It’s Valentine’s Day and retailers will do well. Immediately following Christmas decorations, hot pink and purple lined the aisle ways at your local grocer, heart blinking necklaces (totally wearing these today, by the way – thanks Mom!) were hanging by the checkout and don’t forget Spongebob heart-shaped candy everywhere the mobile-strained eye can see. Holidays like Valentines Day are big for retailers and– according to the NRF– Americans will spend over $800M on gifts for their PETS alone this Valentine’s Day!
Not many years ago, most lovers ventured to a store or a nearby florist to find the perfect gift for their loved one. Times have changed with eCommerce and I wonder in 2012, how many online transactions include flowers, candy, or worse, jewelry! A new survey completed by Continuum looked at data from 1,000+ consumers in the US and found the top 10 reasons for shopping in both store and online. The results were surprising. The top reasons respondents said they shopped in stores were not price, but convenience (40%). Shopping local perhaps? Followed by not trusting the quality online (22%), not wanting to pay for shipping or returns (17%), better prices (17%) and lastly personal interaction (4%). I bet the personal interaction number is higher than the admitted 4%, especially on Valentine’s Day. The top reasons respondents said they shopped online were similar. Convenience rated number one again (43%), ease of finding products came in second at 29%, better prices was third at 25% and avoiding interaction with employees was fourth at 3%.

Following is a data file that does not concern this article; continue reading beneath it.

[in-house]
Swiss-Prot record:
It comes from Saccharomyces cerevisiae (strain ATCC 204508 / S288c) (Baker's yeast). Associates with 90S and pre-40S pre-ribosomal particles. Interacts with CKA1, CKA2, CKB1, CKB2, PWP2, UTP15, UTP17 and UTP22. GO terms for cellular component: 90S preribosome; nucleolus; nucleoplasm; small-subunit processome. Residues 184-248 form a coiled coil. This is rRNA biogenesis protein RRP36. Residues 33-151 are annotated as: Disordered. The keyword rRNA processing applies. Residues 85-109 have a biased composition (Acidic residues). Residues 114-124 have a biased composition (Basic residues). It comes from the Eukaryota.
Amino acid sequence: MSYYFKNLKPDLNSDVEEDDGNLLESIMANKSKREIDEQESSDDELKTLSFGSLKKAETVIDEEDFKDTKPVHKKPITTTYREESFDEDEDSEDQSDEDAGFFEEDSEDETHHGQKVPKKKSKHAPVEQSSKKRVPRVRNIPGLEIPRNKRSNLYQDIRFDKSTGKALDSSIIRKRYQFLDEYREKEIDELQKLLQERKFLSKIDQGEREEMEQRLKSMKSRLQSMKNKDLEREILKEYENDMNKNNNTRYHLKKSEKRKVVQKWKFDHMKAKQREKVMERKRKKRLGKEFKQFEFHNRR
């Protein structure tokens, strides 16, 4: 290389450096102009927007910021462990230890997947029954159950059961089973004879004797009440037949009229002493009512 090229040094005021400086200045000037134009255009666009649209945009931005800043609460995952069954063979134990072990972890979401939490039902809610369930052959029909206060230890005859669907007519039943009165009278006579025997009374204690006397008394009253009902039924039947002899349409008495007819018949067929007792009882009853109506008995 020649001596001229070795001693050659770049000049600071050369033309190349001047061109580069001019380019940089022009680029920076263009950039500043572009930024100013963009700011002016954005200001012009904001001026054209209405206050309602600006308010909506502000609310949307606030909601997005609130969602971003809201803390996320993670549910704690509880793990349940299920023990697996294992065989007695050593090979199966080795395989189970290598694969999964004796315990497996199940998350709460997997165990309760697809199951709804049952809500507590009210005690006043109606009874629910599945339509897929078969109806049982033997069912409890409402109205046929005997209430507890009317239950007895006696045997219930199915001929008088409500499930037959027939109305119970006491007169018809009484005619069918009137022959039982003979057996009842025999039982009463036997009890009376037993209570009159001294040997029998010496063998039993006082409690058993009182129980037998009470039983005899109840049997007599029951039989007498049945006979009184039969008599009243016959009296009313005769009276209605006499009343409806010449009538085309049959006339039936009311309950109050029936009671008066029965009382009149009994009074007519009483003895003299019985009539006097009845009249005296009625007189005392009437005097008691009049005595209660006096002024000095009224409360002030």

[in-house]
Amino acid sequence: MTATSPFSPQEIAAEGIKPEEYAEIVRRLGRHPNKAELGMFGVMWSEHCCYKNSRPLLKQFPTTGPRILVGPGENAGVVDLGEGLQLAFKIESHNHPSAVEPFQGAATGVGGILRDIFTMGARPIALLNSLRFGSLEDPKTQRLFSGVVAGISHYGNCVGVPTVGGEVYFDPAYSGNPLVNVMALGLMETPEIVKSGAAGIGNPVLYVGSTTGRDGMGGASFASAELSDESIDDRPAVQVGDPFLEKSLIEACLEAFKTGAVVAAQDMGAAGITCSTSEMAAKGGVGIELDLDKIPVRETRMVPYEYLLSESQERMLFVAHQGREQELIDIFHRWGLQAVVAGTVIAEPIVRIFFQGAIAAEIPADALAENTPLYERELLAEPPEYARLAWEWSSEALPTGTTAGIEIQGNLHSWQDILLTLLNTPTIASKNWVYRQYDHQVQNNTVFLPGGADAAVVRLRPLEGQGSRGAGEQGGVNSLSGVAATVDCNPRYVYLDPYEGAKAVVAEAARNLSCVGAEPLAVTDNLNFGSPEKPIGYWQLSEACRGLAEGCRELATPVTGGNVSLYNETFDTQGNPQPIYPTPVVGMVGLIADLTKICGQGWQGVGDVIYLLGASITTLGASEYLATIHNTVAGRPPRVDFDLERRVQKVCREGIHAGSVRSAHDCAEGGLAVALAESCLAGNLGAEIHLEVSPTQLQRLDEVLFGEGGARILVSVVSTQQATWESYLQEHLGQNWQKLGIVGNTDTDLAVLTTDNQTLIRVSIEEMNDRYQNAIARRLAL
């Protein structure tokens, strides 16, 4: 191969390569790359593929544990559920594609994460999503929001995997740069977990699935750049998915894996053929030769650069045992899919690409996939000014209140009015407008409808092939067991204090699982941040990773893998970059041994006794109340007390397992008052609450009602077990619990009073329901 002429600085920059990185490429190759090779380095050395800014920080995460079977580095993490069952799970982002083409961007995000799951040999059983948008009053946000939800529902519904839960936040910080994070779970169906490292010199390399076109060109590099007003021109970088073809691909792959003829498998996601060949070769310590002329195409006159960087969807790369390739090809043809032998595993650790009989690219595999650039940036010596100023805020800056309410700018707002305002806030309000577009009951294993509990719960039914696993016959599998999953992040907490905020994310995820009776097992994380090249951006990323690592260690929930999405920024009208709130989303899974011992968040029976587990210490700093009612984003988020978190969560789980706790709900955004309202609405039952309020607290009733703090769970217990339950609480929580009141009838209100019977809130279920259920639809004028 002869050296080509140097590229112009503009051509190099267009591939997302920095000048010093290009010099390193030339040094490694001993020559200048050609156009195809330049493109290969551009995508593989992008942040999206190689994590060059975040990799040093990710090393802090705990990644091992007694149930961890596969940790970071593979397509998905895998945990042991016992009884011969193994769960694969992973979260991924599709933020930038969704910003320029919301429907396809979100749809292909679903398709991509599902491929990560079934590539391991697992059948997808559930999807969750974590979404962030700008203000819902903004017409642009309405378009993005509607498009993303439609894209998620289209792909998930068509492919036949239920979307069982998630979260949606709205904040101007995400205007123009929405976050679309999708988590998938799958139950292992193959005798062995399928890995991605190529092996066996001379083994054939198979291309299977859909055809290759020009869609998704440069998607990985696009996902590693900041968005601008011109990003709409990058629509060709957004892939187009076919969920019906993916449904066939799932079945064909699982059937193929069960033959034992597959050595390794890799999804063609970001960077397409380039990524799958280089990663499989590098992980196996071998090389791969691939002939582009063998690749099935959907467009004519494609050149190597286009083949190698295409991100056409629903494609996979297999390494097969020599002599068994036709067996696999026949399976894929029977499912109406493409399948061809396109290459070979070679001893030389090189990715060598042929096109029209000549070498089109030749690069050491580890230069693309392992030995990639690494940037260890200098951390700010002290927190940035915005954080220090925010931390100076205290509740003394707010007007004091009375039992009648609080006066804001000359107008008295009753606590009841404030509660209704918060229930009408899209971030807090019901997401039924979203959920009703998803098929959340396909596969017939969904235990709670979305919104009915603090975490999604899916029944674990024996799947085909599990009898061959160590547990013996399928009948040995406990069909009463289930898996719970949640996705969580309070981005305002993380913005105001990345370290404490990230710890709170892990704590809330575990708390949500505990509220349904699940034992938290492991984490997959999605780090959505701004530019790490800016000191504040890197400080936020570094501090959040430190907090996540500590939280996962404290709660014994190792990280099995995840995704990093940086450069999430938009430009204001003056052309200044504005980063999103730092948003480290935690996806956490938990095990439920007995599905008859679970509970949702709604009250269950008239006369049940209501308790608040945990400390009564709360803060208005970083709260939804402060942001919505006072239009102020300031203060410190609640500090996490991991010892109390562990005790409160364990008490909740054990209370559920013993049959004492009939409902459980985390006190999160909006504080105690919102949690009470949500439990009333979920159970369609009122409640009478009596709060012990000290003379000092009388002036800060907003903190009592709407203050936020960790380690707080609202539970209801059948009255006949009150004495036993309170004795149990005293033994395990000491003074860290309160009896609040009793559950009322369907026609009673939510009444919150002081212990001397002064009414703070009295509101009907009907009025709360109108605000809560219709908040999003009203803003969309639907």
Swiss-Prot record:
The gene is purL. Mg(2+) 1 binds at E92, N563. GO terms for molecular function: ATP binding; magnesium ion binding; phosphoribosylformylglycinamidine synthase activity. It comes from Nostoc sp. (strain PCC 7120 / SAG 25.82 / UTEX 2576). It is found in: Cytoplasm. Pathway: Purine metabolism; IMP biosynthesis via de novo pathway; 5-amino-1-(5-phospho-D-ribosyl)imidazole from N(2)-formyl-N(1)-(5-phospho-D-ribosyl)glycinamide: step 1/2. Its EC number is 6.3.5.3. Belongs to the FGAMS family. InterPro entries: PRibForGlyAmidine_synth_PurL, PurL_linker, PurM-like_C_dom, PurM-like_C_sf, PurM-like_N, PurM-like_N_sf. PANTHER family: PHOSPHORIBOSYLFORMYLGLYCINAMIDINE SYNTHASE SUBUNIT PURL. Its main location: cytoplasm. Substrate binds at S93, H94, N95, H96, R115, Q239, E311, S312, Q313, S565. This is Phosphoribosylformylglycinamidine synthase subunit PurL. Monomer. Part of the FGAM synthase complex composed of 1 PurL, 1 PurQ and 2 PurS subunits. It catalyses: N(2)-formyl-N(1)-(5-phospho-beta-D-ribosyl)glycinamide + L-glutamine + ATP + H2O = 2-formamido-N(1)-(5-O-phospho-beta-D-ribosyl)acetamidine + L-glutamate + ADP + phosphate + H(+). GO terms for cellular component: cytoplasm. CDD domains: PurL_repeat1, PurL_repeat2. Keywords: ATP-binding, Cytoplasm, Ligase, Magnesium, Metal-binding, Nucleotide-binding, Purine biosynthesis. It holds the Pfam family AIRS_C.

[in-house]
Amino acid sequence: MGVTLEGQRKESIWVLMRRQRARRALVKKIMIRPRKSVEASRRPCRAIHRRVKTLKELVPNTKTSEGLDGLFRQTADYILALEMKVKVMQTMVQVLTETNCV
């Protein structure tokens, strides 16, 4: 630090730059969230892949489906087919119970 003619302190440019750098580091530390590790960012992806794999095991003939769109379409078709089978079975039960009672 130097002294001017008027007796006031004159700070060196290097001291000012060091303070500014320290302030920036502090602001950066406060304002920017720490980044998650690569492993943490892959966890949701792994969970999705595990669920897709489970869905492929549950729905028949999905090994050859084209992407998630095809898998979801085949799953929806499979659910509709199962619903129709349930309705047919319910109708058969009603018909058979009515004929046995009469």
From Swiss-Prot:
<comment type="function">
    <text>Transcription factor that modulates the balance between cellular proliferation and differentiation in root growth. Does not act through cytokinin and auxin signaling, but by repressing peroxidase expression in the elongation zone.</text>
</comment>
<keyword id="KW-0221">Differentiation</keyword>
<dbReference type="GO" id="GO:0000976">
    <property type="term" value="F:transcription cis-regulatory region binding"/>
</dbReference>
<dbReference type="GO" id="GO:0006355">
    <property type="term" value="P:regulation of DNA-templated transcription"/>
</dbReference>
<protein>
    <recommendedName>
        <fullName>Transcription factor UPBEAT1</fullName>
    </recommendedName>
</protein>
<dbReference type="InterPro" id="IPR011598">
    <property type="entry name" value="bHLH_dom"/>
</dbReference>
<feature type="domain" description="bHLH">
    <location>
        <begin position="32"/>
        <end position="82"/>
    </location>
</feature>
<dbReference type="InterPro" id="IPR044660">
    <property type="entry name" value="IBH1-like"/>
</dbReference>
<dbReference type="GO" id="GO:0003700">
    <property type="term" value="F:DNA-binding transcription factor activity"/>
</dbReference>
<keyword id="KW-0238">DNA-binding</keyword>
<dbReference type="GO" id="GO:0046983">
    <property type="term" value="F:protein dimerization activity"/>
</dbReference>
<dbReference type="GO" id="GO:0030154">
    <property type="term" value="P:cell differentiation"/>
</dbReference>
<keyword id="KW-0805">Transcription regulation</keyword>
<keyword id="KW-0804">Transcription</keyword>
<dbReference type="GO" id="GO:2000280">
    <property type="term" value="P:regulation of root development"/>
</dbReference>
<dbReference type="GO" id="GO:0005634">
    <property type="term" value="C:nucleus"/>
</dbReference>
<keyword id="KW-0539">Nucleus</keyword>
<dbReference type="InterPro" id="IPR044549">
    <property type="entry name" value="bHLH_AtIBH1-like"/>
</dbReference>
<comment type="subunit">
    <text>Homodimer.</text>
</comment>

In a recent in-store experience, I walked in and asked a person to point me towards what I was looking for. Once I found the right aisle (or product category), I looked for what I wanted specifically – or the equivalent of a product page online. In this case, the similarities of a personal in-store sales agent performed just like good on-site search or product recommendations might act on an e-commerce site. The goal for the retailer is the same – make sure I stay engaged, find what I need, and convert to purchase. If they don’t do a good job, then I’ll bounce next door. They need to make me love them, regardless of whether I shop on line or in-store. Who says love is blind?